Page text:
In a hurry, sellers offer mortgages Loans deliver steady income

January 10, 1993|By Andree Brooks | Andree Brooks,New York Times News Service

People who find themselves unable to buy a new house because bankers have refused to lend to a potential buyer of their current house should consider offering a private mortgage for all or part of the amount.

In this arrangement, the buyer still makes a down payment (which the sellers can use for their next home). The sellers then draw an income from the remainder rather than getting all the money in cash, much like interest on a long-term bond.

This income -- part interest and part a gradual payback of principal -- then helps them meet the payments on any larger-than-anticipated loan they might have to take out on the next home. It's an alternative to renting until market conditions improve.

In Connecticut, for example, sellers have provided financing on nearly 800 homes since June, according to the Commercial Record, a trade newspaper that tracks mortgage activity.

"It is an exceptionally high figure," said Vincent M. Valvo, the paper's editor and publisher.

He attributes the trend to several factors. For one, it has become more difficult for buyers to qualify for loans as lenders continue to feel the pinch of tighter regulation and a backlog of bad loans.

Lenders have also been appraising properties more conservatively, which has kept many buyers from getting as large a loan as they had expected. Thus, unless the sellers are willing to finance the difference, the deal may be dead.

In other instances, lenders are limiting their loans to 70 percent instead of the customary 80 percent to 90 percent of market price. Here again, the sellers may have to finance the difference if the sale is to go through.

That's what happened a few weeks ago in the Fulton Ferry area of Brooklyn, N.Y. The lender was so concerned about the future of the neighborhood that he would advance only 70 percent of the agreed-upon purchase price of $285,000 for a row house. So the seller offered -- with the lender's approval -- to provide the remaining $20,000, said Roberta Faulstick, senior vice president at the William B. May Agency, which handled the deal.

Mr. Valvo said that older sellers who have paid off their mortgages and are not buying another family home are also beginning to look upon seller financing as an annuity, a way to get a better and safer return on their money in retirement than in many other investments.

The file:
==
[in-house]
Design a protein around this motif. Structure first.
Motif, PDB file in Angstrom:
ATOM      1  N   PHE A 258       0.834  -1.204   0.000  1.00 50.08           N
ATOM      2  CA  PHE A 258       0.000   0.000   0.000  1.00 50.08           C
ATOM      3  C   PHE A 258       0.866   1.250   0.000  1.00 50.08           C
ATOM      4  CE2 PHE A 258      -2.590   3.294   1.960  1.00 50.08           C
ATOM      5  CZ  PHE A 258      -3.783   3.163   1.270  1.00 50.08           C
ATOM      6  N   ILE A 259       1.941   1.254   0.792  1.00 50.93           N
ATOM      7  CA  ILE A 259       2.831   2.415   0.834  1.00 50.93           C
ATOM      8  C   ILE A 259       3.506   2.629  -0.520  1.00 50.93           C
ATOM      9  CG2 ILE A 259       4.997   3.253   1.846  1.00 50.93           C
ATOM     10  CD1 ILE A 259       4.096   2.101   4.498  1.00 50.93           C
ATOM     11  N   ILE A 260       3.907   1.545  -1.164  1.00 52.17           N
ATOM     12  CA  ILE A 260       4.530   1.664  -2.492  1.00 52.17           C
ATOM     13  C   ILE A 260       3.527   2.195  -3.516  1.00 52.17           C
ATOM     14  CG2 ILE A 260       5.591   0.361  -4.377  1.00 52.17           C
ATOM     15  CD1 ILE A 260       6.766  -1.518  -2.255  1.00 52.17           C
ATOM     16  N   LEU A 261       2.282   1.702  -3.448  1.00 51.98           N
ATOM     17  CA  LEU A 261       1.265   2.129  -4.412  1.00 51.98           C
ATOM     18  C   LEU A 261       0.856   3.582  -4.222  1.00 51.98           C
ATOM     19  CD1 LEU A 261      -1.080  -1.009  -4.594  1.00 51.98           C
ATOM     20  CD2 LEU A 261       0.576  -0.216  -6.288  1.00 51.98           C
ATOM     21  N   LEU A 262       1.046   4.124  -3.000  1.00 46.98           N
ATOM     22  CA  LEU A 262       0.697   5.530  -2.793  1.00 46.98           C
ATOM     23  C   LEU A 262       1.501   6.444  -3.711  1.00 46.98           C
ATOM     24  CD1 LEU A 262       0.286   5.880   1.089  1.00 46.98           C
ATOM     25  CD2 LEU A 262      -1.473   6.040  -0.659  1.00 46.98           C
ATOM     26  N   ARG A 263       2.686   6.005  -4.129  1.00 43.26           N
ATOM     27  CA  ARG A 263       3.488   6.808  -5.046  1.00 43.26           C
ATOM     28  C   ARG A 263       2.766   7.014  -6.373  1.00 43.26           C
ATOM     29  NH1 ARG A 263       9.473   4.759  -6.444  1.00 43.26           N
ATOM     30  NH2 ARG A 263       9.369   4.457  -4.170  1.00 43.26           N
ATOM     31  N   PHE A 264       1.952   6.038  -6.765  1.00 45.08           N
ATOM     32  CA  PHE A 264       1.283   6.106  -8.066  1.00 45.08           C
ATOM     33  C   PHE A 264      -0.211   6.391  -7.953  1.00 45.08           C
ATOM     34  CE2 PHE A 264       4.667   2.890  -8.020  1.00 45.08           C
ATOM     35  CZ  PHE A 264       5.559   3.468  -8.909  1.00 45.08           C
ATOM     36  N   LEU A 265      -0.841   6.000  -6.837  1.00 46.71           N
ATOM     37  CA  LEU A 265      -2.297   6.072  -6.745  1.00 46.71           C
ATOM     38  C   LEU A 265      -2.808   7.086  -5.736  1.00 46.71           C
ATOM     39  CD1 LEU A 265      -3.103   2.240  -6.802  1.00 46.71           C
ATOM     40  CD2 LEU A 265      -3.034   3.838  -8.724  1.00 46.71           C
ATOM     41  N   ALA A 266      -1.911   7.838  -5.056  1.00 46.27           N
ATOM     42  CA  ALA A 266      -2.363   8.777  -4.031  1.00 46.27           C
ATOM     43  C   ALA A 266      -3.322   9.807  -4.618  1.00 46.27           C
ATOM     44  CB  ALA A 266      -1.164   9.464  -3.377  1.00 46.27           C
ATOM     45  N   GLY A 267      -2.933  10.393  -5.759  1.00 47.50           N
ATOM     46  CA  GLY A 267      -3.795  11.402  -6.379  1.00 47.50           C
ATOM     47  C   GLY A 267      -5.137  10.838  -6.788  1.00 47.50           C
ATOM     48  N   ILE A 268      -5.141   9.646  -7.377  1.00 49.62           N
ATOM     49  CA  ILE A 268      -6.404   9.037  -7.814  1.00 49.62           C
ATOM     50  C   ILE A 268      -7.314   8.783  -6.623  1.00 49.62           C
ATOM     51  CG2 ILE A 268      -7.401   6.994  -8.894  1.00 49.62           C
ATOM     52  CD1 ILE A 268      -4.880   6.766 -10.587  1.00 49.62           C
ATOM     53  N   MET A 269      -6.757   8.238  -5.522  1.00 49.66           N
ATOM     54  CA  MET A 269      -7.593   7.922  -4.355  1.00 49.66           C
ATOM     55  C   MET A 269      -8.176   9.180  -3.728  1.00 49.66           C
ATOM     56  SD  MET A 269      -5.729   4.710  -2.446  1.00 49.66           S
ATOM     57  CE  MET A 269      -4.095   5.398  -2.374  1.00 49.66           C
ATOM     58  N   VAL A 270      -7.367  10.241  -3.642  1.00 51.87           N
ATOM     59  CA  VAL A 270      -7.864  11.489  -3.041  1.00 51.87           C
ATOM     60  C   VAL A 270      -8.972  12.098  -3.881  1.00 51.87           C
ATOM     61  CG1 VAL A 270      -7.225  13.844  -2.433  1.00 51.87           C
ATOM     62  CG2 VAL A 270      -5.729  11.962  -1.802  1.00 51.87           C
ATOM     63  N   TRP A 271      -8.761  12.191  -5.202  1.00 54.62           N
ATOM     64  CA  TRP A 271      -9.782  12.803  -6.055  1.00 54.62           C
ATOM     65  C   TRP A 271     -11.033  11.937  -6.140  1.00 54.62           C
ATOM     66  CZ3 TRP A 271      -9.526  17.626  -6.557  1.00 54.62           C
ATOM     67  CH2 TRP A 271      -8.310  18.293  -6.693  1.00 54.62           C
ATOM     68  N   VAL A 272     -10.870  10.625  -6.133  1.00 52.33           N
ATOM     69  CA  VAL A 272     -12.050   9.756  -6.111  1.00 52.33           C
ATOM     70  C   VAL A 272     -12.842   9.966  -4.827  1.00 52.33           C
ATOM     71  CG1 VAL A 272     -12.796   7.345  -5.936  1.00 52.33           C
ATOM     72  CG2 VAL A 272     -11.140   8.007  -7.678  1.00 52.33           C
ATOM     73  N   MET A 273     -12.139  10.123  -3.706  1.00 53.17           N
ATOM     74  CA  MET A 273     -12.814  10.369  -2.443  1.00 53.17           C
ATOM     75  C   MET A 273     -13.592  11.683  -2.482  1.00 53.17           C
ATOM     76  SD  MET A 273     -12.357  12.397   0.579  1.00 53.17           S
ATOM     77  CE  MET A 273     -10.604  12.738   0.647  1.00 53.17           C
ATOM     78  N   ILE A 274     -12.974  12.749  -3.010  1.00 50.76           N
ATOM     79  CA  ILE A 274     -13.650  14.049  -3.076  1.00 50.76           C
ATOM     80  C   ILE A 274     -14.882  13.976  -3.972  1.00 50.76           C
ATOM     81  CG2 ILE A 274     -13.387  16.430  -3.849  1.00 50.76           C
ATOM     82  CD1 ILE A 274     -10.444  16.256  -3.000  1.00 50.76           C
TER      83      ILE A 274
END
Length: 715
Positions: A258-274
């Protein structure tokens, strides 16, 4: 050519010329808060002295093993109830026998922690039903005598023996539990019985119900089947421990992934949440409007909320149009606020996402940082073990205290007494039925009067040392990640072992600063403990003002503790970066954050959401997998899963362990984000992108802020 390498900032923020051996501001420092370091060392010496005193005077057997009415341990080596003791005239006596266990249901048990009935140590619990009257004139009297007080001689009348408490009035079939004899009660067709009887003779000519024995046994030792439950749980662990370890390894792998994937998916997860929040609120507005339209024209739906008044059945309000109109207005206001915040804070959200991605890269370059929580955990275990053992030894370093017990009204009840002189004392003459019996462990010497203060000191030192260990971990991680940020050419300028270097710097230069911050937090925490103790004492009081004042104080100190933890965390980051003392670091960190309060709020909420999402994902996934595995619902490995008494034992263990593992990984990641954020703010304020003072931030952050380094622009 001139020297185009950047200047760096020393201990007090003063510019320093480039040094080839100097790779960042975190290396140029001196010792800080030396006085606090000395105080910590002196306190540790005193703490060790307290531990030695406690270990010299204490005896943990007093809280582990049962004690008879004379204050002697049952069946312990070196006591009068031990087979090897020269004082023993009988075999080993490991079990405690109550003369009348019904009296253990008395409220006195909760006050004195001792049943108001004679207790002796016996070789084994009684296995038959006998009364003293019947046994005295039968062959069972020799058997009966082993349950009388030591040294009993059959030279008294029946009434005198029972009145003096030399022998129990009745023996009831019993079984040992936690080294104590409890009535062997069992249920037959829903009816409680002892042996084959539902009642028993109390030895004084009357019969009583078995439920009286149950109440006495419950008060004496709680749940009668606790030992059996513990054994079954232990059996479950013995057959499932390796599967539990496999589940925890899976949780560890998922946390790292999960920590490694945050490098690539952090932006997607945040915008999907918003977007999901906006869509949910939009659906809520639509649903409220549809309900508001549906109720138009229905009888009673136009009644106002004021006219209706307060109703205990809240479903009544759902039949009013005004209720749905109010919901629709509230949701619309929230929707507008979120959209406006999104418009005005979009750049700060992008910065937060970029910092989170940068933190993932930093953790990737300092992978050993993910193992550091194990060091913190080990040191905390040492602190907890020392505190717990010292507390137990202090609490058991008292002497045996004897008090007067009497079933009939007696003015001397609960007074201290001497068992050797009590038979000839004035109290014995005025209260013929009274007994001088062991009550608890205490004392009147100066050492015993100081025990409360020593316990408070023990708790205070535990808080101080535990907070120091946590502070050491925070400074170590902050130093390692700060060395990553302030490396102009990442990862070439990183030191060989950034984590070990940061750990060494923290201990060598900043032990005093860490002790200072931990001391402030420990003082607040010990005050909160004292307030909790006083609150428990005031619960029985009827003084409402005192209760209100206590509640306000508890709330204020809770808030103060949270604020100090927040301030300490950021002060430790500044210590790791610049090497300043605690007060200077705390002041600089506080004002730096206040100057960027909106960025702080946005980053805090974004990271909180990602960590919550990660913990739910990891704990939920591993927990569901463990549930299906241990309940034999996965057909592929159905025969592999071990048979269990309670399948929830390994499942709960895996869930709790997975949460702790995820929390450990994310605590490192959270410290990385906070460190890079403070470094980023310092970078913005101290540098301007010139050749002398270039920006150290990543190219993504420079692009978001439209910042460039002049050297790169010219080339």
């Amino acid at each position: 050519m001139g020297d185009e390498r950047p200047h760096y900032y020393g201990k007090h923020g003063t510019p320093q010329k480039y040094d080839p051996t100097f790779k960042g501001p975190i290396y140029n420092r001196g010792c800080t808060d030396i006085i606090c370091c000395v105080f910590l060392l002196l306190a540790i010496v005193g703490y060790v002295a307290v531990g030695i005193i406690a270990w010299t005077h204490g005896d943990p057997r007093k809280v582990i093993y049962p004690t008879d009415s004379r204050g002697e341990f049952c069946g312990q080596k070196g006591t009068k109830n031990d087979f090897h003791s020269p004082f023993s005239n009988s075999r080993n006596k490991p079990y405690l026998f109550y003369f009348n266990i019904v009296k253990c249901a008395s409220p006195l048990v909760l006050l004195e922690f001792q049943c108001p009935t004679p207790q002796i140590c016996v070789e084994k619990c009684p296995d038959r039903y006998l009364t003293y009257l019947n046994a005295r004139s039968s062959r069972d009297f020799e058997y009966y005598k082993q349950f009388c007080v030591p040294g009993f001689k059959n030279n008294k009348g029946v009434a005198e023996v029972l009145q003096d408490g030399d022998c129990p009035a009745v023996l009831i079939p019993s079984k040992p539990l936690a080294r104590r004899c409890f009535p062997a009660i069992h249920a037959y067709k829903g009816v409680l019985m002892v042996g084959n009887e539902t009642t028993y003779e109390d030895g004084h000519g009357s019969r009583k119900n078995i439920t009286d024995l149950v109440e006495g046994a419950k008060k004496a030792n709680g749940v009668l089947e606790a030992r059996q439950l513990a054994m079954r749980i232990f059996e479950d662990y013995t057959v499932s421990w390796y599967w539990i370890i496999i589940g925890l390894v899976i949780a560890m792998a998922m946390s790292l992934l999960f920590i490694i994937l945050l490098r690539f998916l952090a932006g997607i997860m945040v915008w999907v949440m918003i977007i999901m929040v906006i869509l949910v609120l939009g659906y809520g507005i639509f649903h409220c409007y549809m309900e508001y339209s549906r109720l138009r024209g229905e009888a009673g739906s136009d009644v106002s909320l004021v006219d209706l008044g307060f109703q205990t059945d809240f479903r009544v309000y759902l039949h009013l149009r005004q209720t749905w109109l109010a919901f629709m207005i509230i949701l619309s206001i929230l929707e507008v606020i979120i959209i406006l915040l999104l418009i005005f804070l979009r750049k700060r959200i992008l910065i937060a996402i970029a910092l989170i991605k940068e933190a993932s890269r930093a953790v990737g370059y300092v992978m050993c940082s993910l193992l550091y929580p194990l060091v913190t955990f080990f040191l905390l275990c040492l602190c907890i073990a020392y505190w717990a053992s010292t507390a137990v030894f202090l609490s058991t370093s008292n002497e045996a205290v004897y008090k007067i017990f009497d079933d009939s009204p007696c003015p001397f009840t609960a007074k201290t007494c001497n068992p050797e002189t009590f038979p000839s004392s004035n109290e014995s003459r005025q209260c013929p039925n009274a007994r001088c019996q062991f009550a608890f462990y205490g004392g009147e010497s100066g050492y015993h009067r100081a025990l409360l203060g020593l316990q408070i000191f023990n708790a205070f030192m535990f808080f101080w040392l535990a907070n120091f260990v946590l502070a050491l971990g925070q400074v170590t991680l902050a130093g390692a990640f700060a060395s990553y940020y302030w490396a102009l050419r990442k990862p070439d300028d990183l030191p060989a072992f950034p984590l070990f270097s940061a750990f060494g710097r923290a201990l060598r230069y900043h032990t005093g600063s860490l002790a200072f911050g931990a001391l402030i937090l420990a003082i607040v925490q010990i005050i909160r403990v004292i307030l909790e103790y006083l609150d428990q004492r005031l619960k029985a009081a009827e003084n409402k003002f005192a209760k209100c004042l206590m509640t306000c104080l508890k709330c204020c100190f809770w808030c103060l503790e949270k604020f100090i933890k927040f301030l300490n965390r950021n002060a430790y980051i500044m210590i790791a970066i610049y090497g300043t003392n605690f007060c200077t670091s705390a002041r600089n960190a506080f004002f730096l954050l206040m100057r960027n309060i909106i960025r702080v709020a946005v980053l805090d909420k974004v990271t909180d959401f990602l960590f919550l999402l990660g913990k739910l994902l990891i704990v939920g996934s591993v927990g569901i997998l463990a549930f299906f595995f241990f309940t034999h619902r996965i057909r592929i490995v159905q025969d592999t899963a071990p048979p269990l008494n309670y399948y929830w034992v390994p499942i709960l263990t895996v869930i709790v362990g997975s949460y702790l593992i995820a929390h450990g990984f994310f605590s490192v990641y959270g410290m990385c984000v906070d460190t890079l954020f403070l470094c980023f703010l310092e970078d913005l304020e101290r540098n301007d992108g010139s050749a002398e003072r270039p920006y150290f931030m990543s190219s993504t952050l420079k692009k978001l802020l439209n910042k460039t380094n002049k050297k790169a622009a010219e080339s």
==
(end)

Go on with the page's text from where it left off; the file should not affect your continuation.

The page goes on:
In New York City, it has become the only way that some co-ops can now be sold, especially in buildings where the sponsor still owns most units.

In virtually every instance in which a seller is under pressure to make a quick sale, brokers will recommend seller financing, because without a lending institution involved there will be less delay.

Clearly, not everyone is in a position to make such an offer.

Brokers find that it works best when the seller's own mortgage is fully paid off or when any small remaining balance can be covered by the down payment provided by the buyer.

But the details of such a deal must be handled with extreme care. Ideally, lawyers say, the buyer should be offered a balloon mortgage that must be refinanced at the end of 10 or 15 years, even though payments will be based on a normal 30-year schedule. This encourages the buyer to obtain regular financing as soon as feasible and prevents the loan from remaining outstanding for too long.

A lawyer will also be needed to draw up the documents and make the necessary credit and income checks. Expect to pay at least $500 extra for the added legal service, said Angelo A. Mastrangelo, a lawyer in Rosewood, N.J., who regularly handles home sales.

An accountant should also be consulted, because there could be tax benefits attached to seller financing, particularly if the sale involves a second home or an investment property.

Sellers should be further prepared, as would any institutional lender, to meet the costs and hassle of a default or foreclosure should the deal turn sour, Mr. Mastrangelo said. But even under those circumstances, they will still get the property back -- and keep the buyer's down payment.

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